India Called Upon By Amnesty International to Revoke Kashmir Law

The international rights watchdog, Amnesty International, has appealed to the Indian government to repeal a Draconian law granting immunity to security forces who have been accused of violating human rights in Kashmir. The Armed Forces Special Powers Act (AFSPA) was first brought about in 1990 to protect security forces against prosecution during the Kashmir conflict.

What is AFSPA?

AFSPA was introduced after the start of militant uprising in the Indian-controlled Kashmir in the 1980s. Since several security forces are deployed there to keep insurgency down, AFSPA was passed granting troops the power to shoot and kill any suspected militants, or arrest them without a warrant. This has, in turn, led to several human rights violations in the region which have gone unchecked due to the questionable law, Amnesty International argues. The watchdog has called for an independent and impartial inquiry in the historic cases of human rights abuses by these security groups under protection of AFSPA.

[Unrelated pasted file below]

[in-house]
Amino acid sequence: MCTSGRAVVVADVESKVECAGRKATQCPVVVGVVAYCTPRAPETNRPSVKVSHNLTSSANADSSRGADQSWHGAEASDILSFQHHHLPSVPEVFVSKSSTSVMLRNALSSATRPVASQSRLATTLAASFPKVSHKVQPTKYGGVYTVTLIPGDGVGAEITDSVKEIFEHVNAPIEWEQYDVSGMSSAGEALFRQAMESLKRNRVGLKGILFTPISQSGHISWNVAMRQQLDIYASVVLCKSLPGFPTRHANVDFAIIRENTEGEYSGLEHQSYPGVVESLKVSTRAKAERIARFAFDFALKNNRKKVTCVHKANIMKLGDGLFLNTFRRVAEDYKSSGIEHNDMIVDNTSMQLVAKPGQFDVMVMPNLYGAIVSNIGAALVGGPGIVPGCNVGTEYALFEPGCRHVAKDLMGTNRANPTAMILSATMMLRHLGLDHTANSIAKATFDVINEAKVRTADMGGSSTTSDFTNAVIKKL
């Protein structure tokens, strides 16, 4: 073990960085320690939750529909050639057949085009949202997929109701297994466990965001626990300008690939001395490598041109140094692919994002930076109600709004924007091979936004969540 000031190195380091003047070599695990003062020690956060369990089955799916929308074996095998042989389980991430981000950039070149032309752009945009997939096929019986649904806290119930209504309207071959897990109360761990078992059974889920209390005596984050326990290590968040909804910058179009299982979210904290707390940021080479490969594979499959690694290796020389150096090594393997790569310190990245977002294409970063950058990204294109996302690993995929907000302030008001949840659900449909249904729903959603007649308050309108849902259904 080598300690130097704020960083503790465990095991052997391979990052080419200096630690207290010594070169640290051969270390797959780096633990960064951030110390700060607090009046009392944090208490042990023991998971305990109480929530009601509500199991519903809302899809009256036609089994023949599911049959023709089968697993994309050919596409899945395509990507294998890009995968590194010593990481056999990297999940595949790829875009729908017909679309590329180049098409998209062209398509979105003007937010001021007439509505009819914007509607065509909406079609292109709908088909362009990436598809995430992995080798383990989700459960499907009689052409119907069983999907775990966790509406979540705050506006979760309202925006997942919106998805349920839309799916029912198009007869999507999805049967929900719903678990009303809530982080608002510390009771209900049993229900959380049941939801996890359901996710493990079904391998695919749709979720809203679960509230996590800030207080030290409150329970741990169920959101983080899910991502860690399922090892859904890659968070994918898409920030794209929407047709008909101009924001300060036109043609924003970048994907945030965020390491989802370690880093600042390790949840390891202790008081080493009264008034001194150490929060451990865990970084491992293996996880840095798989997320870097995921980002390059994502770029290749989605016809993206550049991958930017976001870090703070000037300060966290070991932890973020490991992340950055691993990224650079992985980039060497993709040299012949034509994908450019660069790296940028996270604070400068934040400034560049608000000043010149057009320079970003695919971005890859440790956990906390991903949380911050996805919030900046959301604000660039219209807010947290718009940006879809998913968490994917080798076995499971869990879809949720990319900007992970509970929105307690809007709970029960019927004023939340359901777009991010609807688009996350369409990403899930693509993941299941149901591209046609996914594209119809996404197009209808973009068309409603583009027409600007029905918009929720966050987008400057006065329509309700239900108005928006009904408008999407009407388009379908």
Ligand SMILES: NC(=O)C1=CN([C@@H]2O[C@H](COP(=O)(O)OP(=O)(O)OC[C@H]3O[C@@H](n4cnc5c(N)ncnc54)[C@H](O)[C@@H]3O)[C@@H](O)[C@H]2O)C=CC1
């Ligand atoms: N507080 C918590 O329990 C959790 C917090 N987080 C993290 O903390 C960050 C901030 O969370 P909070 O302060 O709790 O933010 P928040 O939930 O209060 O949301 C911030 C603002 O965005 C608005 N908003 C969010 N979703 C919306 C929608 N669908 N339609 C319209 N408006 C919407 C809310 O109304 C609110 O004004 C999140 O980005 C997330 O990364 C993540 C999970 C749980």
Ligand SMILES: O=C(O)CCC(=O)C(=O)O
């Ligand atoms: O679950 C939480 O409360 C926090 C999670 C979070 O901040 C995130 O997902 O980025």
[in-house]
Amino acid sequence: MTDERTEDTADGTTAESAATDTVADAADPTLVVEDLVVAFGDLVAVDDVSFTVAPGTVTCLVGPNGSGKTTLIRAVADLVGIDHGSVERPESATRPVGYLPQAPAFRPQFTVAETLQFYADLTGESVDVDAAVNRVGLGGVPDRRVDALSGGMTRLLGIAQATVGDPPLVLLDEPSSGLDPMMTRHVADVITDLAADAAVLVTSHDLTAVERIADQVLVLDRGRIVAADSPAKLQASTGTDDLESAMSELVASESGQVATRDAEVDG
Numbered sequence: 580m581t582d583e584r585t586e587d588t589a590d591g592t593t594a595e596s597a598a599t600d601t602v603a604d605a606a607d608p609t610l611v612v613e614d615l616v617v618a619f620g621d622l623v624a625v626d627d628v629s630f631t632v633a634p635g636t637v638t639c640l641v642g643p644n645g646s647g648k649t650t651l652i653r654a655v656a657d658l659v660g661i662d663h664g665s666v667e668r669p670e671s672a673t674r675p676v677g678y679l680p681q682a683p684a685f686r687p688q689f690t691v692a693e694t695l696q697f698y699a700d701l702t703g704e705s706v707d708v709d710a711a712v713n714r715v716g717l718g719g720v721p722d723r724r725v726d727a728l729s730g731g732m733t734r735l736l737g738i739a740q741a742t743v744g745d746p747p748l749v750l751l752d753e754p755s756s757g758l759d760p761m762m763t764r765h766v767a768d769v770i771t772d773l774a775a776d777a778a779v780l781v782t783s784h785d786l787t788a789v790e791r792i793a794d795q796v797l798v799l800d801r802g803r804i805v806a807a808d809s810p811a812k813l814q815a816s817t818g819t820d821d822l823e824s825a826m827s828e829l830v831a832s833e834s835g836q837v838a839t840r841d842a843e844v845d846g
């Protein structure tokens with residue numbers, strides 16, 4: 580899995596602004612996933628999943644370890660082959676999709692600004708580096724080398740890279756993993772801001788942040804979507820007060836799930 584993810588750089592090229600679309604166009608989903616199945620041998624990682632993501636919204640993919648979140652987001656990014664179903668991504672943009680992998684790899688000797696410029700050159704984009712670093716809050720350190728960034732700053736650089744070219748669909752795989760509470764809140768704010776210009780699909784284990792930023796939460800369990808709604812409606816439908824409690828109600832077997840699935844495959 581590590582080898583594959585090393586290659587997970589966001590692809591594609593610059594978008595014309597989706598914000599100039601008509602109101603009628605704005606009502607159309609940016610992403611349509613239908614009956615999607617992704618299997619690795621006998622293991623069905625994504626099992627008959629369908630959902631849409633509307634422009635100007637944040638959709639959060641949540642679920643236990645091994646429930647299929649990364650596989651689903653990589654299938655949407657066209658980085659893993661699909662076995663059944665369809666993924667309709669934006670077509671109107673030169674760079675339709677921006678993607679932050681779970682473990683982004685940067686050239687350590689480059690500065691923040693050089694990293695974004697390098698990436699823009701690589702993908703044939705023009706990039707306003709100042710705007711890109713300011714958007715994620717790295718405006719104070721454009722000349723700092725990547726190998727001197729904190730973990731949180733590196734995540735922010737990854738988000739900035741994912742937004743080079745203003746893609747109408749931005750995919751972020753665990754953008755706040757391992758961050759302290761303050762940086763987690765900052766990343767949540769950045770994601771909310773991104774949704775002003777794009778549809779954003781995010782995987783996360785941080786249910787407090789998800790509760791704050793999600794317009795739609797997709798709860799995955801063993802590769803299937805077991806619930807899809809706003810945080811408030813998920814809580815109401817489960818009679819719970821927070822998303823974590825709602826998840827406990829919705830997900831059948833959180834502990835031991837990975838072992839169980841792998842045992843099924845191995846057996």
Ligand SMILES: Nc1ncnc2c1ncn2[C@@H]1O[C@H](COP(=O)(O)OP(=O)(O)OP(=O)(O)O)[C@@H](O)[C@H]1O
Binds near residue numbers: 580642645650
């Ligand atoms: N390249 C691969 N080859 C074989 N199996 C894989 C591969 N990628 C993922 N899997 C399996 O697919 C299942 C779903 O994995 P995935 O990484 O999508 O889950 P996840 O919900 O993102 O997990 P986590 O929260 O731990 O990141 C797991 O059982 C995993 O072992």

What Has This Meant?

afspa lawSince the law’s introduction in 1990, not a single service person in the armed forces has been tried for human rights violations and criminal law cases, states the report by Amnesty International. In addition to this being a failure of the legal system and the government to uphold human rights in courts, Amnesty International has expressed concerns that not trying service people for their part in human rights violations has failed the Indian constitution, leading to alienation amongst the general population. In addition, they argue that the lack of accountability on behalf of these security personnel has paved the way for other abuses of human rights in India and elsewhere. They argue that India has failed its own people and constitution as well as its international obligations, which could cause serious problems for the country later on down the road. The report details the violations and excesses carried out by these security forces since the start of the Kashmir conflict in the 1980s, stating that the government has failed to deliver proper justice in response to these excesses. The government has yet to make an official response to the report and its accusations.

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